New York Knicks' Joakim Noah: 'I feel like there’s another level that I want to get to'
Jan 12, 2017; New York, NY, USA; Chicago Bulls guard Dwyane Wade (3) drives to the basket past New York Knicks center Joakim Noah (13) during the second half at Madison Square Garden. Mandatory Credit: Adam Hunger-USA TODAY Sports

The New York Knicks 104-89 win over the Chicago Bulls Thursday night was highlighted by strong performances from many Knicks stars. However, Joakim Noah, who dropped 12 points and grabbed 15 rebounds, proved to be the unsung hero of the game.

Noah was clearly playing with a high level of confidence throughout the game, unafraid to drive to the hoop when he had the ball in the paint, and showing he could reach double-digits in rebounds. If the Knicks want to have a chance to make the playoffs, and even win a series once they’re in, they will need Noah to have efforts like this night in and night out.

Noah has clearly not lived up to the four year, $72 million contract that he signed with the Knicks last summer. He has constantly been outhustled by opponents and is a huge reason the team has had a huge problem this season giving up second-chance points. On top of that, he has a tendency to disappear on offense and his poor ball-handling skills under the hoop have hurt the Knicks. His poor free throw shooting has also been a huge liability, and opposing teams have shown they are not afraid to intentionally foul him late in games.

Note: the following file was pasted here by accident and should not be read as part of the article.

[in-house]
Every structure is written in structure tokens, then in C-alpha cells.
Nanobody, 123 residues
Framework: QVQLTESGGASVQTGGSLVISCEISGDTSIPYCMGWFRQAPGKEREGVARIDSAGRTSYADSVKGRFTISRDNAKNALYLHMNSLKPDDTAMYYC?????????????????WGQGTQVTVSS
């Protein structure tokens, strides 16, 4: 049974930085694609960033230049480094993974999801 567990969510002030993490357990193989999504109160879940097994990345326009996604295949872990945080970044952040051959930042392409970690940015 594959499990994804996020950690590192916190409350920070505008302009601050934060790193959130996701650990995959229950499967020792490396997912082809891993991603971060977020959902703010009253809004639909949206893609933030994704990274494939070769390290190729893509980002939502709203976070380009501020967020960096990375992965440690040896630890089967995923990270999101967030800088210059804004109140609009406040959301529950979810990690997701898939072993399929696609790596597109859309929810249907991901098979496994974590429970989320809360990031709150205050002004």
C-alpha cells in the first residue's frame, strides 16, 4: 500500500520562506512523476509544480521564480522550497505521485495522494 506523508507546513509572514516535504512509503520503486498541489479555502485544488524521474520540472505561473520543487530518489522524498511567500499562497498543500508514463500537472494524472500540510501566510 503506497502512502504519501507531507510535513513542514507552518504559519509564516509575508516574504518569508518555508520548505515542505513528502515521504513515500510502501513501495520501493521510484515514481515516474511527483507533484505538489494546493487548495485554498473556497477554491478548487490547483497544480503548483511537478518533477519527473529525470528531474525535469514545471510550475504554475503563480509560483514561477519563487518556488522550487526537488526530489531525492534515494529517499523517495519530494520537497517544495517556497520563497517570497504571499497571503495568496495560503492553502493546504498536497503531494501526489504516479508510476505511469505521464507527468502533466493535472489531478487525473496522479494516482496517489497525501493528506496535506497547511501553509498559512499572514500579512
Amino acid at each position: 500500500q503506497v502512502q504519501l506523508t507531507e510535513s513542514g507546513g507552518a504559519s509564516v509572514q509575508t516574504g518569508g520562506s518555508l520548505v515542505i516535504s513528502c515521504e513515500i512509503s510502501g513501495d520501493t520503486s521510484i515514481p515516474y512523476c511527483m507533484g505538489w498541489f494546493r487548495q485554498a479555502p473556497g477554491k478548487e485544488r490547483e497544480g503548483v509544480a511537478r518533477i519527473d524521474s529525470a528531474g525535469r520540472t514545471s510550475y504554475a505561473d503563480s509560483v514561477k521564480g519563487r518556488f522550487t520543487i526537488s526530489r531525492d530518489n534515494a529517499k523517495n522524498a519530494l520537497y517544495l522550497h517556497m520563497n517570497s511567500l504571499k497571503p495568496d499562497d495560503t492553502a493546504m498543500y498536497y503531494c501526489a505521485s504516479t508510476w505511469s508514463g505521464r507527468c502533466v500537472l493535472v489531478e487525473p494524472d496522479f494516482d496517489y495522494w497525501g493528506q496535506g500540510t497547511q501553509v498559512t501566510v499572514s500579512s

Noah’s performance in Thursday’s win is exactly what the Knicks were looking for when they signed him last July.

A huge plus from him living up to the money the team invested in him is it will take a great deal of pressure off Kristaps Porzingis. While Porzingis did put on some extra muscle in the offseason and has shown he can be a more aggressive player, there are still times when he gets pushed around the hoop and really needs help from Noah crashing the boards.

If Noah can establish a present in the paint, it will also enable Porzingis to play around the perimeter on offense. Porzingis has emerged as one of the game’s best shooting big men. A 7’3 player with a lethal three-point shot can prevent opponents’ big men from playing under the rim. You can’t leave Porzingis open cause he’ll drain his shots most of the top. You can’t have a smaller guy cover him because they won’t be able to defend his shot. The point is that if Noah can keep Porzingis from playing above the rim on offense, the Knicks will be able to generate more second-chance scoring opportunities, with the big bodies on opposing team away from the bucket and unable to rebound those missed shots.

In 2012-13, the last successful season for the Knicks, the team thrived greatly on second-chance points and with Tyson Chandler, who could batting missed shots out to his teammates in the backcourt. If he and Porzingis can work well together, Noah is capable of doing something similar. Also, keeping Porzingis away from the basket might help with some of the injuries he has been dealing with.

Should Knicks fans expect Noah to be the same player he was at his peak with the Bulls? Probably not. But scoring 10 points and grabbing 10 boards per-game is not too much to ask out of someone making $72 million.